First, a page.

When Did Smart TVs Come Out?

Are you wondering when did Smart TVs come out? Do you want to learn some interesting facts about the first Smart TVs?

With how widespread Smart TVs are, it’s hard to imagine a world where they didn’t exist. It might not seem like that long ago when you were sitting in front of a box-like CRT TV playing Super Nintendo.

Today I’ll we’ll be taking a walk down memory lane and the history of Smart TVs.

When Did Smart TVs Come Out?

The first patent for a Smart TV was registered in 1994 by Fast France Advanced Systems. Smart TVs didn’t catch on until the late 2000s with the expansion of the internet, and when prices lowered to a more affordable range.

In 2007, HP was one of the first companies to mass-produce a Smart TV, Mediasmart SL760. However, Samsung released the  PAVV Bordeaux 750 TV in 2008 which was more popular and had more online features than the HP. It wasn’t until the LCD technology became more affordable that interest in Smart TVs started to pick up.

LG also released Smart TVs in 2007, with a feature called “NetCast Entertainment Access” which was a bundle of online streaming apps such as YouTube and Netflix. In 2011, LG rebranded Netcast Entertainment Access to simply “Smart TV”.

It’s unclear who invented the very first Smart TV because there were many different companies and inventors experimenting with the technology at the time. We only know of the Smart TVs that have been a commercial success. Even if a TV had internet access at that time, chances are it was far too expensive for the average consumer.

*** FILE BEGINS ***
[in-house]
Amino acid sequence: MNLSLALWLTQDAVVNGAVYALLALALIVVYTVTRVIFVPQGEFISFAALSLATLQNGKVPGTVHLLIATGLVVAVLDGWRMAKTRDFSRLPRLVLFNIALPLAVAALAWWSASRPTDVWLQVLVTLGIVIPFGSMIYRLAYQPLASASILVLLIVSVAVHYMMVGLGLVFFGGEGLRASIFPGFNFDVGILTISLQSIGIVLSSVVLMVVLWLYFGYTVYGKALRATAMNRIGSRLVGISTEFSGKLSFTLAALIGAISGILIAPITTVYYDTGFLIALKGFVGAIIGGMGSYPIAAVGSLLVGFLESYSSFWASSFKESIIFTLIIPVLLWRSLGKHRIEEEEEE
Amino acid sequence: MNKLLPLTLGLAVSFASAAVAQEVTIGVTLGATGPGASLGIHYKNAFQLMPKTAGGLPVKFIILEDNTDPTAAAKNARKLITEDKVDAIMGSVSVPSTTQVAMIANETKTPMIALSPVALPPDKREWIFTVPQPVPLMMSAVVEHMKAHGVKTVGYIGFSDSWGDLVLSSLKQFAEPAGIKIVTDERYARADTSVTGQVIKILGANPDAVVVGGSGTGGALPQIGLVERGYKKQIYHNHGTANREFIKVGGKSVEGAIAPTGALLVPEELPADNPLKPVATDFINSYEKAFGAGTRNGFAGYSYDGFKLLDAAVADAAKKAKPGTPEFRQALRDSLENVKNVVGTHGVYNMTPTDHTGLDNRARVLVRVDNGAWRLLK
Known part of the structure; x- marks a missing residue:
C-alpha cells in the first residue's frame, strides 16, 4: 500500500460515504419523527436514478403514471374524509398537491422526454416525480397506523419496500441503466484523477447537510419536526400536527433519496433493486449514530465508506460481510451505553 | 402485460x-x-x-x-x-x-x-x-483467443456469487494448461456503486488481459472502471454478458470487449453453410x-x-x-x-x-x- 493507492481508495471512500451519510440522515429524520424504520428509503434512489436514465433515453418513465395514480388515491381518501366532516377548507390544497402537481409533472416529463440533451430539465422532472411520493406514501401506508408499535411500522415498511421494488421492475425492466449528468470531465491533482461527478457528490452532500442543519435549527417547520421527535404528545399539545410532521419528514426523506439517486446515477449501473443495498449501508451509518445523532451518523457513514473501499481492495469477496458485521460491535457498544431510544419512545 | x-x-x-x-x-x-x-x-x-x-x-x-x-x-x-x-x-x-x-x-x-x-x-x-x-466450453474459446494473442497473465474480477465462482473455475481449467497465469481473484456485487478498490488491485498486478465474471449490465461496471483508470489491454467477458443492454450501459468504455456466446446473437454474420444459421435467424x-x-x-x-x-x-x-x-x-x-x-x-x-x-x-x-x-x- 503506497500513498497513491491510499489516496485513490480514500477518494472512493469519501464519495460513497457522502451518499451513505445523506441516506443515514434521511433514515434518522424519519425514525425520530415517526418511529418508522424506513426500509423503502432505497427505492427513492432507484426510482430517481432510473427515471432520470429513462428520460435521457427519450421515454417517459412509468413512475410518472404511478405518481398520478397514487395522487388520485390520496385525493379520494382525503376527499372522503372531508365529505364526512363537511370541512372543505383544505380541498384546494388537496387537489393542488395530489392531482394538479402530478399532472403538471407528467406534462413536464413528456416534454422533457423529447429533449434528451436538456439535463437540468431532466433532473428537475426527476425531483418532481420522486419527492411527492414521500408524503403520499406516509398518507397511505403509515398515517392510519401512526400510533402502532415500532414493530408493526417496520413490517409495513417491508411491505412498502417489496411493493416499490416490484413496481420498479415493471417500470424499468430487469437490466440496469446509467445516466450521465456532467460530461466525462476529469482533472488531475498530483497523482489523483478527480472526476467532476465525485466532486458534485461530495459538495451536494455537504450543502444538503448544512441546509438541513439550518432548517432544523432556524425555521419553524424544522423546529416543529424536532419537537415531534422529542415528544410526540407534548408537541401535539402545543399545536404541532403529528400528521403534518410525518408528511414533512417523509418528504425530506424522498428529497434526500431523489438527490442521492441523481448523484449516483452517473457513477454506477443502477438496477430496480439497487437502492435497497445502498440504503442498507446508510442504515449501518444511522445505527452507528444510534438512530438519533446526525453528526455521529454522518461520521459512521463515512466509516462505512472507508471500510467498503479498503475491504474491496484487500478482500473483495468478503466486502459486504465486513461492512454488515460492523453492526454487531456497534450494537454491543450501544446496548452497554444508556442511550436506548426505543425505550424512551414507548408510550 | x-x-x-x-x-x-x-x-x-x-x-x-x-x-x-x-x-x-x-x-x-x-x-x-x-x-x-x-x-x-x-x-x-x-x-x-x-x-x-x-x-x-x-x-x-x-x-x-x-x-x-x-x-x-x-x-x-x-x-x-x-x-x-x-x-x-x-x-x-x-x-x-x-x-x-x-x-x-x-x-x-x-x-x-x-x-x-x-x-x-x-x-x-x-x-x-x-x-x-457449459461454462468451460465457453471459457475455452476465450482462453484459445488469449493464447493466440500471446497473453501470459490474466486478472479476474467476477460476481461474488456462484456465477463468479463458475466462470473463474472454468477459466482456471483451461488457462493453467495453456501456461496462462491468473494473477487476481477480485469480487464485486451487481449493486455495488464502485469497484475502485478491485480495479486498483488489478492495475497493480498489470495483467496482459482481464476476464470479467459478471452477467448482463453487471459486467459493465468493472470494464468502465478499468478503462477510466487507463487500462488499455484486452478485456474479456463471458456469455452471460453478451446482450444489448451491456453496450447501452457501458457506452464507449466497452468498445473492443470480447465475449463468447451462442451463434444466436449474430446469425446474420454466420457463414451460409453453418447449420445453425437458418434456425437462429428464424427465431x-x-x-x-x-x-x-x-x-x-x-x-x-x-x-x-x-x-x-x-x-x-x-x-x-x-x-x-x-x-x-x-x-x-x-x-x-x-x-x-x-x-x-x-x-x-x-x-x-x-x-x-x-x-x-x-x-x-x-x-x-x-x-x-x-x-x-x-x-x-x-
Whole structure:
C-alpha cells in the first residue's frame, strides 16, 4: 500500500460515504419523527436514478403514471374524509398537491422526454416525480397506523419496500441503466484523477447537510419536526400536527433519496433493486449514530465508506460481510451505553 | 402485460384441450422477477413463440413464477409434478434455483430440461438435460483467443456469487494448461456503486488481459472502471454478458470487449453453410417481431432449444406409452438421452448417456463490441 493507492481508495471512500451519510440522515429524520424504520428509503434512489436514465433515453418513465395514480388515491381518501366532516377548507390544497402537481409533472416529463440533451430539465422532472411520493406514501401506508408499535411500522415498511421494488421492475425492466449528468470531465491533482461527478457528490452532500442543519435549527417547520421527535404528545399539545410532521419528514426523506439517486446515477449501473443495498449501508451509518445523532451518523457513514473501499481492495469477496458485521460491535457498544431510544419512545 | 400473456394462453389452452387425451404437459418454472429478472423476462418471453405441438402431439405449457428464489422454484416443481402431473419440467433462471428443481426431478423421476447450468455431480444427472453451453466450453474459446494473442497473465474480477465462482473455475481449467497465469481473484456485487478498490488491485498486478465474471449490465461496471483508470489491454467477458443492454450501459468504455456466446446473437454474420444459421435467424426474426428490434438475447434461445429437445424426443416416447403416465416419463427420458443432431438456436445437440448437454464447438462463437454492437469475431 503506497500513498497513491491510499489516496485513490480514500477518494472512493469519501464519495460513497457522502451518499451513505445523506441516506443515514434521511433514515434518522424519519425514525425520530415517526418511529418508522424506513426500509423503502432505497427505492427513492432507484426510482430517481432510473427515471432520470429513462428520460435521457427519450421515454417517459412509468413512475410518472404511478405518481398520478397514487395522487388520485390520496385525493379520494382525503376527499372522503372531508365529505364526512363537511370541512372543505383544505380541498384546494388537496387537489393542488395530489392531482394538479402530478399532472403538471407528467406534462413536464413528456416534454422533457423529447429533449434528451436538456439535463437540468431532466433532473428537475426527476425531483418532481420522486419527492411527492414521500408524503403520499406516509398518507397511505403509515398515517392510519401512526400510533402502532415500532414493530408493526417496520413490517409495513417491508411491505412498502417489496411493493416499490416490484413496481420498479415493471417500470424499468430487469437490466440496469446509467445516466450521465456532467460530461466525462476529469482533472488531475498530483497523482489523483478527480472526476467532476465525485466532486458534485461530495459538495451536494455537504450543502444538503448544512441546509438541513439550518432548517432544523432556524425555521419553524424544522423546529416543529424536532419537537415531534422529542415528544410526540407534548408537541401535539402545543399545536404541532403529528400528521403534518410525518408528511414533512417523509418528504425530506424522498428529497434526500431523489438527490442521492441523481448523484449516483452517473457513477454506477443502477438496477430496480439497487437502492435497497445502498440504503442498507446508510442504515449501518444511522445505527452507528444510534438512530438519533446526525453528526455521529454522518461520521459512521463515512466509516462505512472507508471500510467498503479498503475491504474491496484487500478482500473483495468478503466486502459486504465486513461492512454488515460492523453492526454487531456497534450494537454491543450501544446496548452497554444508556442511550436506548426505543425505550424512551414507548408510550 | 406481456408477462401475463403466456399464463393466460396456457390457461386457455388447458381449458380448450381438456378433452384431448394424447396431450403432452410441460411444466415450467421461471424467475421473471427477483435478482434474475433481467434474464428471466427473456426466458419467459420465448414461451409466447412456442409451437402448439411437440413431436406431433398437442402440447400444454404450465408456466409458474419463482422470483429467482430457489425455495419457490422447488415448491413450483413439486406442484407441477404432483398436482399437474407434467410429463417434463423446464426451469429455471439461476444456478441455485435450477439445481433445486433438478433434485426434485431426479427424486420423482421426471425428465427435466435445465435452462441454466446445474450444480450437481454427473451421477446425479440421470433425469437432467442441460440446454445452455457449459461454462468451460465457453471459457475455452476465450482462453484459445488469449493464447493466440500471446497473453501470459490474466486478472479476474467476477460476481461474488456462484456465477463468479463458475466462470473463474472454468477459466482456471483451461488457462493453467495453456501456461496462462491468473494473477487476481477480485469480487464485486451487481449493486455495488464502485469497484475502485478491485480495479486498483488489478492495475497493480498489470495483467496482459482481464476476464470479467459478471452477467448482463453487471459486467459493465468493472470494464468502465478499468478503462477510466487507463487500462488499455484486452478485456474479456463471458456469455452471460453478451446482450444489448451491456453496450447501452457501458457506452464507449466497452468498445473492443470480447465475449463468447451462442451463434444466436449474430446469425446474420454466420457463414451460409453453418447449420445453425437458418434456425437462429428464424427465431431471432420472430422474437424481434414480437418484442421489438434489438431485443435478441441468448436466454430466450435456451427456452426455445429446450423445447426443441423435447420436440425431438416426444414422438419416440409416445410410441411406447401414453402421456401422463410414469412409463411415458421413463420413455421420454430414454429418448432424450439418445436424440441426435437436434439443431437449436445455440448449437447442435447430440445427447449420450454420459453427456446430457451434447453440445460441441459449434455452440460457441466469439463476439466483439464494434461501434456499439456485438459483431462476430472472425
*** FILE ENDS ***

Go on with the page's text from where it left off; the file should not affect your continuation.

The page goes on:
Between 2009 to 2011, the most popular electronics companies; LG, Samsung, and Sony, all released their own smart TVs.

The First Smart TVs:

As mentioned earlier, the first Smart TVs were released in the late 2000s. HP Mediasmart SL760 was released in 2007, and Samsung’s PAVV Bordeaux 750 was released in 2008.

Only a year later, Samsung released another model, called the PAVV LED TV, which included widget services such as an internet browser, a wireless media sharing technology, and much more. The PAVV series also included social media sharing features, which did not catch on.

While LG and Samsung were the first companies to launch Smart TVs, Sony joined the party in 2010 with their Sony Bravia lineup which used Google TV as the operating system.

Google TV is based on the Android operating system and allows you to install a wide range of entertainment apps. The first Samsung with Google TV lineup was the 24-inch NSX-24GT1, released in 2010.

It wasn’t until 2011 that Smart TVs really started to shine. Samsung released the Smart TV D8000 which could access social media accounts and many other video-on-demand services and apps.

What Makes a Smart TV Smart?

A Smart TV is a TV that has the ability to connect to the internet to perform certain actions, such as downloading apps and installing updates.

Not every TV on the market today is considered a Smart TV, but most of them are.

Here’s the thing:

How to Tell if You Have a Smart TV: